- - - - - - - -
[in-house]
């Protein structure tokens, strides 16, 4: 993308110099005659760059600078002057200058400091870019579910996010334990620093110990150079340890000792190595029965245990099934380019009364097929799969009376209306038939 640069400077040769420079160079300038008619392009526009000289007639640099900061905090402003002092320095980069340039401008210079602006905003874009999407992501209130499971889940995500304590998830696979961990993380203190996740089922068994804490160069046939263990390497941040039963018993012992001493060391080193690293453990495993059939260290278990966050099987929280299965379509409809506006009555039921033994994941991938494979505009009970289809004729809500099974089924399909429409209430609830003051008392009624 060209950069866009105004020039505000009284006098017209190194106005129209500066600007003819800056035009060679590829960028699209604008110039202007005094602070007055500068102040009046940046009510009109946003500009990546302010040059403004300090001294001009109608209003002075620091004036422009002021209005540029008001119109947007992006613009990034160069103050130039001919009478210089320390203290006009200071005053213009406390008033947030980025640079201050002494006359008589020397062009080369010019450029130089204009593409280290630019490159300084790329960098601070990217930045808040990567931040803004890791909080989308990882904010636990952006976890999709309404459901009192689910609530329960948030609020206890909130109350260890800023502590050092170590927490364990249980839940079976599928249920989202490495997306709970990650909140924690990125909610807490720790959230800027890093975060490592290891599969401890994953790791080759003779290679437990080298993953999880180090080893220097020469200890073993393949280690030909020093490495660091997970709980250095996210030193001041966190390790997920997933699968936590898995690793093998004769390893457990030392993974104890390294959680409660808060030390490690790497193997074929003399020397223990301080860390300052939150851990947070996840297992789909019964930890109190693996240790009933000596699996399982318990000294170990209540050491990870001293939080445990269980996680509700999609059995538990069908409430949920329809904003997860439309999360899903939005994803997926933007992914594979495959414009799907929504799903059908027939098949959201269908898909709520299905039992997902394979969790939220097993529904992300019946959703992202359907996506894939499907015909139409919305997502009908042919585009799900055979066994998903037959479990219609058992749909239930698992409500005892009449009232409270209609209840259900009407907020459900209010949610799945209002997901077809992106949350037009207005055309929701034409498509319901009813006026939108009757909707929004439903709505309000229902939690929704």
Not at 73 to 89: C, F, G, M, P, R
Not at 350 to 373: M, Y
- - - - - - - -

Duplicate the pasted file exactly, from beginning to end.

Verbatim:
[in-house]
């Protein structure tokens, strides 16, 4: 993308110099005659760059600078002057200058400091870019579910996010334990620093110990150079340890000792190595029965245990099934380019009364097929799969009376209306038939 640069400077040769420079160079300038008619392009526009000289007639640099900061905090402003002092320095980069340039401008210079602006905003874009999407992501209130499971889940995500304590998830696979961990993380203190996740089922068994804490160069046939263990390497941040039963018993012992001493060391080193690293453990495993059939260290278990966050099987929280299965379509409809506006009555039921033994994941991938494979505009009970289809004729809500099974089924399909429409209430609830003051008392009624 060209950069866009105004020039505000009284006098017209190194106005129209500066600007003819800056035009060679590829960028699209604008110039202007005094602070007055500068102040009046940046009510009109946003500009990546302010040059403004300090001294001009109608209003002075620091004036422009002021209005540029008001119109947007992006613009990034160069103050130039001919009478210089320390203290006009200071005053213009406390008033947030980025640079201050002494006359008589020397062009080369010019450029130089204009593409280290630019490159300084790329960098601070990217930045808040990567931040803004890791909080989308990882904010636990952006976890999709309404459901009192689910609530329960948030609020206890909130109350260890800023502590050092170590927490364990249980839940079976599928249920989202490495997306709970990650909140924690990125909610807490720790959230800027890093975060490592290891599969401890994953790791080759003779290679437990080298993953999880180090080893220097020469200890073993393949280690030909020093490495660091997970709980250095996210030193001041966190390790997920997933699968936590898995690793093998004769390893457990030392993974104890390294959680409660808060030390490690790497193997074929003399020397223990301080860390300052939150851990947070996840297992789909019964930890109190693996240790009933000596699996399982318990000294170990209540050491990870001293939080445990269980996680509700999609059995538990069908409430949920329809904003997860439309999360899903939005994803997926933007992914594979495959414009799907929504799903059908027939098949959201269908898909709520299905039992997902394979969790939220097993529904992300019946959703992202359907996506894939499907015909139409919305997502009908042919585009799900055979066994998903037959479990219609058992749909239930698992409500005892009449009232409270209609209840259900009407907020459900209010949610799945209002997901077809992106949350037009207005055309929701034409498509319901009813006026939108009757909707929004439903709505309000229902939690929704």
Not at 73 to 89: C, F, G, M, P, R
Not at 350 to 373: M, Y